Congressman and civil rights icon John Lewis (D-GA) planned to offer words of encouragement to protestors at a recent “Occupy Atlanta” demonstration. But participants of the event denied him an opportunity to speak.
According to Atlanta's CBS affiliate WGCL-TV, protesters gathered in Atlanta's Woodruff Park on Oct. 8. They convened to hold their version of New York's “Occupy Wall Street”, which has been happening for nearly a month. Similar demonstrations have been held in several cities across the country.
The protesters are mainly voicing their frustrations with the government's relationship with big business, among an assortment of other issues.
Lewis dropped by Atlanta's event and wanted to voice his words of encouragement, but participants never gave him a chance to speak. The event was recorded and posted on YouTube.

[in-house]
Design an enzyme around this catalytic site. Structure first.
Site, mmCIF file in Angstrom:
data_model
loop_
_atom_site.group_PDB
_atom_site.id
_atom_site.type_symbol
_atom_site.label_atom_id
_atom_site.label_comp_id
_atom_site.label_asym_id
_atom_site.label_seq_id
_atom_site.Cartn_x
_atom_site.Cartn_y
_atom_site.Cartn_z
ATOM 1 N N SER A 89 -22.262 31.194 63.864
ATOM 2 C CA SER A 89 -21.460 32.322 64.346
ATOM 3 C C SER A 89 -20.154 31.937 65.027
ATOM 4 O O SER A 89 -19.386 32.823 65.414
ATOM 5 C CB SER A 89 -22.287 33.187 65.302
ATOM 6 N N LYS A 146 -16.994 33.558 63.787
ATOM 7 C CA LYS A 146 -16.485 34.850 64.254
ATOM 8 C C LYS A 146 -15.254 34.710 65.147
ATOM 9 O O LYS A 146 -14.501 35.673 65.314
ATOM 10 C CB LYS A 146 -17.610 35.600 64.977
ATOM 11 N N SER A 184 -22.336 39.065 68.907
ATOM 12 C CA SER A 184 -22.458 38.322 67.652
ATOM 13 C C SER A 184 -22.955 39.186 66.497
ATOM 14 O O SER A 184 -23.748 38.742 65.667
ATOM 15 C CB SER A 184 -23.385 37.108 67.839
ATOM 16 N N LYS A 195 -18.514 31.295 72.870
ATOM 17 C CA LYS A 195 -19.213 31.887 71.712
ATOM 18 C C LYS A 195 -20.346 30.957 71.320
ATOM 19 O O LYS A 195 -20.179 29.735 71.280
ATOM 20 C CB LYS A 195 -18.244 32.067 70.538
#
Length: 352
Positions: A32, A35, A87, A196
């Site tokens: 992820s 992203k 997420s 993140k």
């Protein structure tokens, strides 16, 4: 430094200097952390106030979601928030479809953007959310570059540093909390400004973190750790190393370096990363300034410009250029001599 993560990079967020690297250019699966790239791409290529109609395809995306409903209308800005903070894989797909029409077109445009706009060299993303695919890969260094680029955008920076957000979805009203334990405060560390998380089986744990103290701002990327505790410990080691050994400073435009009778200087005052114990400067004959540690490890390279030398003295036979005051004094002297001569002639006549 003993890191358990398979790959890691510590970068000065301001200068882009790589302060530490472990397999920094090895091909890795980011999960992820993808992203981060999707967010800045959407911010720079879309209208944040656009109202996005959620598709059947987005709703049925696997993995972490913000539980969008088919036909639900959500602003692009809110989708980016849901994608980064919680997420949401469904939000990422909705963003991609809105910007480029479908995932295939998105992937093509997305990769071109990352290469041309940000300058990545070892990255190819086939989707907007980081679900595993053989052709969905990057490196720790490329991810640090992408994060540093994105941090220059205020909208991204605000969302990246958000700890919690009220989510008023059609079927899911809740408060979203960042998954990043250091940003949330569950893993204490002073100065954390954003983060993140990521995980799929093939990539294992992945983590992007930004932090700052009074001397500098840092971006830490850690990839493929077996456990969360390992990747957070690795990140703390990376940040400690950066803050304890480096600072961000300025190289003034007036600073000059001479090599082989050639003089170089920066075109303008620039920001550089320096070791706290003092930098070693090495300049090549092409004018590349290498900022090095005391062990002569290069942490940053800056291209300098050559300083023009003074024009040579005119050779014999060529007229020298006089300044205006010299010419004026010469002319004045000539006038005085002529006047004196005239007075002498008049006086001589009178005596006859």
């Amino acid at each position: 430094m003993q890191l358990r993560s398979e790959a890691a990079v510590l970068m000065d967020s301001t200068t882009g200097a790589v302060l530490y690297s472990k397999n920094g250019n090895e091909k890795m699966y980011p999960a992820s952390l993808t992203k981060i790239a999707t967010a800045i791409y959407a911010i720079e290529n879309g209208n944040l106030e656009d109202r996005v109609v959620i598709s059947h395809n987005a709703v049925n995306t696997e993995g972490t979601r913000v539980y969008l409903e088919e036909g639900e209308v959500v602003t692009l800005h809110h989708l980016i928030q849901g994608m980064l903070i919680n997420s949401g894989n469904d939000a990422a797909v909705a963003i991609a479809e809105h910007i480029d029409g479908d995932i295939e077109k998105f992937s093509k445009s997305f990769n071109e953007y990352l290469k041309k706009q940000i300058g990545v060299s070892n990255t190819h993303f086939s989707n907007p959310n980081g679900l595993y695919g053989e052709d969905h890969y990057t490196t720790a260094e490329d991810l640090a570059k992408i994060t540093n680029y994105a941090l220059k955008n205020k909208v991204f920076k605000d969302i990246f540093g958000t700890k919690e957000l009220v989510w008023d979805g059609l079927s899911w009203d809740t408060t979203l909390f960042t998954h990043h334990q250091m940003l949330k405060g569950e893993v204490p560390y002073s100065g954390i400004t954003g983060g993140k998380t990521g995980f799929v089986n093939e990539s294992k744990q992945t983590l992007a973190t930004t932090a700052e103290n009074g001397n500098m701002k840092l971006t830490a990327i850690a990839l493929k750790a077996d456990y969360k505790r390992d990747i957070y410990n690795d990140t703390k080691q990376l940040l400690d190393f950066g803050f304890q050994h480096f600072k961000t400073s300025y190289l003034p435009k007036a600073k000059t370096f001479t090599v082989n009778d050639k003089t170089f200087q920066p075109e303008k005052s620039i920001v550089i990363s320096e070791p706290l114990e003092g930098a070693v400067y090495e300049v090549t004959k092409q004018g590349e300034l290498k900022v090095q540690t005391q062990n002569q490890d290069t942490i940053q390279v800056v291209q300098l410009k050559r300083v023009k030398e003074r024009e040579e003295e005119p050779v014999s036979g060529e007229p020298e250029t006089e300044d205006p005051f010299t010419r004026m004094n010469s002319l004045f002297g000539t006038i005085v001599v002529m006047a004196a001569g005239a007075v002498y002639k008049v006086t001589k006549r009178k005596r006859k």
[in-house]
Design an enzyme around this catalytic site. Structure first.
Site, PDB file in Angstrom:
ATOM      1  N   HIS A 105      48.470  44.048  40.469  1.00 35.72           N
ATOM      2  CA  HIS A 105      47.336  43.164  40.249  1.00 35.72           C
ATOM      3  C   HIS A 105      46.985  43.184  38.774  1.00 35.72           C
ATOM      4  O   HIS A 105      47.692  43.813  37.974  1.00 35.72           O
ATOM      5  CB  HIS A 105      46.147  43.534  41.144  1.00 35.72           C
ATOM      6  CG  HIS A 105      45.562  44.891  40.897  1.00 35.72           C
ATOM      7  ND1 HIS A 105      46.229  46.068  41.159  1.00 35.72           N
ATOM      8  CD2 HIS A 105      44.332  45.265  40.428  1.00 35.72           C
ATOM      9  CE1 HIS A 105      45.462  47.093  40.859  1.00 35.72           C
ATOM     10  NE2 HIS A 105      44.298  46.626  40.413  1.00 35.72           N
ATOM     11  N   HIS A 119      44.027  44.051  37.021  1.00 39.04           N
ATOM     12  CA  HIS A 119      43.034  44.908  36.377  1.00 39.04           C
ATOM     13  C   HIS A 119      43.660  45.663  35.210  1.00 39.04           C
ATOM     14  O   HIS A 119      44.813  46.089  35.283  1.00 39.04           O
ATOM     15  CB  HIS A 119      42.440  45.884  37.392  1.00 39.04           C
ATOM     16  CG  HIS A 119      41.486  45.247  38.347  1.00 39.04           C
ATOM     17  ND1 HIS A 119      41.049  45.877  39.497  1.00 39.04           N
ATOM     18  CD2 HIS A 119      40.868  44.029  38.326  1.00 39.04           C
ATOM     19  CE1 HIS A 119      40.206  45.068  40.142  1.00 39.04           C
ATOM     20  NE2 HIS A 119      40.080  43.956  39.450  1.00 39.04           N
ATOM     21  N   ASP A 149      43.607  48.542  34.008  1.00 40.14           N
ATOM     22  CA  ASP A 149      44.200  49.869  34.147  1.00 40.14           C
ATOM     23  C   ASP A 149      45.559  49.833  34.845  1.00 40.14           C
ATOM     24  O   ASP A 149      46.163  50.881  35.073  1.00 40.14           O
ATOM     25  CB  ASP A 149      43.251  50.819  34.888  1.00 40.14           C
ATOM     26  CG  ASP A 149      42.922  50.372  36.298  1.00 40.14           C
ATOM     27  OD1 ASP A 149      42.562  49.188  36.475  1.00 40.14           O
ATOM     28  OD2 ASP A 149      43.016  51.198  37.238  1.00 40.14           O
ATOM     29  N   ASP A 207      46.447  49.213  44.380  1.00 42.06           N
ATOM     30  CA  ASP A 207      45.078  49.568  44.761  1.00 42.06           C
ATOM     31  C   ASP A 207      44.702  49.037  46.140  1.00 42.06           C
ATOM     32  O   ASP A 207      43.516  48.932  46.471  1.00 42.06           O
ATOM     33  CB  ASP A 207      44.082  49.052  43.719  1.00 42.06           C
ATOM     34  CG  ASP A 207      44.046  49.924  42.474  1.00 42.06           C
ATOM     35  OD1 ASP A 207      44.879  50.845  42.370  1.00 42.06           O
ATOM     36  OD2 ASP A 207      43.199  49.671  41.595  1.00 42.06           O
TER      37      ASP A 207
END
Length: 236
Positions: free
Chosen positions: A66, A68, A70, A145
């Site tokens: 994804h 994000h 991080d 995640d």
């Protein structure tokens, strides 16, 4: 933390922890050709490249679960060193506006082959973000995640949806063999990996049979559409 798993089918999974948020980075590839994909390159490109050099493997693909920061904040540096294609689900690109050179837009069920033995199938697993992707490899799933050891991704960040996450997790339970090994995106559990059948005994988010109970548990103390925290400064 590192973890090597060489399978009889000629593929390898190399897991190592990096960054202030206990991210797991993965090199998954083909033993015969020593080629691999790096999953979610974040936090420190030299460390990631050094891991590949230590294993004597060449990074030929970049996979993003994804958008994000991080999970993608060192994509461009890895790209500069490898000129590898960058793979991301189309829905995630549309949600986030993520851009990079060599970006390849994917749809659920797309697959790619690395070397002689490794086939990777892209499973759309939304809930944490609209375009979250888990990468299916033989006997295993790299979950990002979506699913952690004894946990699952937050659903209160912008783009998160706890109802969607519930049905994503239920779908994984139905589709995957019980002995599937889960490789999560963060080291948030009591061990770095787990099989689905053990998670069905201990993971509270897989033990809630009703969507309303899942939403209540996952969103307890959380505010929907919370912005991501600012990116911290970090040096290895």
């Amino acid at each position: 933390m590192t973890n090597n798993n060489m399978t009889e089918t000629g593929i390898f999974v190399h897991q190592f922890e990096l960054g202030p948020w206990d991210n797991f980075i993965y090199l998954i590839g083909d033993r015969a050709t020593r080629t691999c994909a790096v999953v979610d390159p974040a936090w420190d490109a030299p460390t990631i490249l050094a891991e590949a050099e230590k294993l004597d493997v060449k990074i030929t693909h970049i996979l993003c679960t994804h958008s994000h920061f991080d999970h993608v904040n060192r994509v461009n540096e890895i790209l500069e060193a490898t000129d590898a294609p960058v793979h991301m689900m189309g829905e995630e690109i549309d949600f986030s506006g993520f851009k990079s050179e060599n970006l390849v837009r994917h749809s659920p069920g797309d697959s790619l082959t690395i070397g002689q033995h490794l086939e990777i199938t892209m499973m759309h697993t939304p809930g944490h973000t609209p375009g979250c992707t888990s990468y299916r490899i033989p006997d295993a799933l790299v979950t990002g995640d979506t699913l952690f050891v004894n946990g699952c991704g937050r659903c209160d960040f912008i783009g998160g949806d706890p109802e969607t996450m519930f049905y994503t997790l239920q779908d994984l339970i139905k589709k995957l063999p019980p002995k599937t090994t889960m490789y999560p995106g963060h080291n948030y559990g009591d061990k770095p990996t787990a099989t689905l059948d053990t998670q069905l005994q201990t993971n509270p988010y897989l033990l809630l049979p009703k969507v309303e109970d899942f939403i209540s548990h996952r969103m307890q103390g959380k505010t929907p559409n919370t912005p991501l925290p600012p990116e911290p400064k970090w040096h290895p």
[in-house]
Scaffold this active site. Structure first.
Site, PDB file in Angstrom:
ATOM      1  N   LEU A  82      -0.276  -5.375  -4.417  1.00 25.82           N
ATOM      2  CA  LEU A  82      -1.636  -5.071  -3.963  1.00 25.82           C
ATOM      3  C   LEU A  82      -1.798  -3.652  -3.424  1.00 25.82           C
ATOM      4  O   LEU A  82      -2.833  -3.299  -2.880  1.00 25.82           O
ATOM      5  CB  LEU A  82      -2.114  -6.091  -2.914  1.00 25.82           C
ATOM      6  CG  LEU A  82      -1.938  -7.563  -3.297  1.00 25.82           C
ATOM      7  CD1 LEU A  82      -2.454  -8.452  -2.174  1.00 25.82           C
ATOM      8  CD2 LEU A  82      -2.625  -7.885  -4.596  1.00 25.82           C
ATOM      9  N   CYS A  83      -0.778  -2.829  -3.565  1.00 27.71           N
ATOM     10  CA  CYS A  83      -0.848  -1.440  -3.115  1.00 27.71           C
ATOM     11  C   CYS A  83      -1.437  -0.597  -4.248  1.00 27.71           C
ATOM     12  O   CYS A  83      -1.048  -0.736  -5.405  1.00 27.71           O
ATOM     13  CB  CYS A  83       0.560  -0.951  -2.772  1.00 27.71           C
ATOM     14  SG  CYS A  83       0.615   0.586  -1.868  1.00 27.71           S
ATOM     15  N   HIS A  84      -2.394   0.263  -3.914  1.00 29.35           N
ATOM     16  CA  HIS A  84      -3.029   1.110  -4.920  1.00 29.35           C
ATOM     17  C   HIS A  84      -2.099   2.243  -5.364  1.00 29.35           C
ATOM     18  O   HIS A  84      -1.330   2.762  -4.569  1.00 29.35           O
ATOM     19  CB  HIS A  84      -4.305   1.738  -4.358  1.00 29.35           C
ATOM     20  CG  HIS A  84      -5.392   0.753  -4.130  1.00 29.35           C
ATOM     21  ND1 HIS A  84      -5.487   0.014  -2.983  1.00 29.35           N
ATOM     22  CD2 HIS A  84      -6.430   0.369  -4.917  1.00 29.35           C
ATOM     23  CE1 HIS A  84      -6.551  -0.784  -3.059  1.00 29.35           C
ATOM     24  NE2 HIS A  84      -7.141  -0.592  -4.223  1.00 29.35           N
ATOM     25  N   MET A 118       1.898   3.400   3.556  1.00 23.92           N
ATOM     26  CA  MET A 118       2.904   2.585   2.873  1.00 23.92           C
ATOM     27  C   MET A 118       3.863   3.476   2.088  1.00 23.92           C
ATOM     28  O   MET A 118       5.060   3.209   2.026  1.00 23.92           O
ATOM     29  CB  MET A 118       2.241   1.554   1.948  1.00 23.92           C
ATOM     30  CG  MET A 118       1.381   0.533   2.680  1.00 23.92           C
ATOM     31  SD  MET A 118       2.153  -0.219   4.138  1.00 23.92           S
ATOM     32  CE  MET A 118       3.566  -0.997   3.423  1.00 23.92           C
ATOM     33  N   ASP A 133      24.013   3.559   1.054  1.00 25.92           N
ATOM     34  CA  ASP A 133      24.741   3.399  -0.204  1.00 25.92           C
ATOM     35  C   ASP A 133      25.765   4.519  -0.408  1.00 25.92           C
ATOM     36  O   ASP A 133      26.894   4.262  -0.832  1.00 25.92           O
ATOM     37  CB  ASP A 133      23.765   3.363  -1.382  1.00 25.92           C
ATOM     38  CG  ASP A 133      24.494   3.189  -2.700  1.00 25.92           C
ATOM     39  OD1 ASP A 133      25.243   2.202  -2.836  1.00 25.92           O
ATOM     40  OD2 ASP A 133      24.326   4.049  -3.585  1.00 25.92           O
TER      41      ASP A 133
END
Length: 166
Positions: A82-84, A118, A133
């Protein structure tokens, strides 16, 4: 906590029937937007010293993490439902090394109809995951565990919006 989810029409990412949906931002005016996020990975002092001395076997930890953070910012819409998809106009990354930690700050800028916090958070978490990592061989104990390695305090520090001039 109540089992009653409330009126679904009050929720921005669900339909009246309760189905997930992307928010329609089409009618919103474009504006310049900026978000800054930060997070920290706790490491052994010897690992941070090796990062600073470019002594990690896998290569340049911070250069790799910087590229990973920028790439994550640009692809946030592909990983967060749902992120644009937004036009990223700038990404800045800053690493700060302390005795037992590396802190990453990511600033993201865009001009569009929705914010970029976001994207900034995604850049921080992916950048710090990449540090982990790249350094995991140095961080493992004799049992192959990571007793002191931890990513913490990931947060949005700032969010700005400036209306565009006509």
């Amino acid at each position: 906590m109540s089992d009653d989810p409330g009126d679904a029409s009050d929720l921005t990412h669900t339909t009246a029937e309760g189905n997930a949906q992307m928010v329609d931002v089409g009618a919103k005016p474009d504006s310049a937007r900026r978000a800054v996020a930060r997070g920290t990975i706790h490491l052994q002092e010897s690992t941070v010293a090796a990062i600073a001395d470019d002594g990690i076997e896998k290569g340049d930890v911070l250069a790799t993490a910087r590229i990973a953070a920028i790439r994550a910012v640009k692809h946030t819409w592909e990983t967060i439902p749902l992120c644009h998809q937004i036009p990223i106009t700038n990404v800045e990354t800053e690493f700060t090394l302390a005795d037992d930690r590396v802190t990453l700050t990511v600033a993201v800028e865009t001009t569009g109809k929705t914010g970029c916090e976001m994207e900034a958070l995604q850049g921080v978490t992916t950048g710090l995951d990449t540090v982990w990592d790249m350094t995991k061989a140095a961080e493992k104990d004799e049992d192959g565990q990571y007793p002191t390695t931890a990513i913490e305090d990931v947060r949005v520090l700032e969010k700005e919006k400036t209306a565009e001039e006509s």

“I was going to say, `I stand with you,’” Lewis told reporters later, according to CBS Atlanta. “`I support you, what you're doing.’”
The incident angered numerous spectators.
“I am angry because this is not what democracy is all about,” Michelle Williams, an attendee of the event told CBS Atlanta. “This is Marxist more Stalin like… You're just riff-raff. You're an organized mob.”
Atlanta's FOX affiliate WAGA-TV sat down with Lewis a few days after the event. He explained that he didn't feel slighted, but was perplexed by the unstructured gathering.
“I have not witnessed anything like this,” Lewis told WAGA-TV. "I didn't quite understand the language. When people said 'mic check,' I didn't understand that. In order to speak, you had to say 'mic check.' So, I guess I represent a different period.”
Lewis played an instrumental role in the civil rights movement in the '60s as a member of the Student Non-Violent Coordinating Committee. He and the organization led a series of boycotts, demonstrations and protests and was a member of the revered Freedom Riders.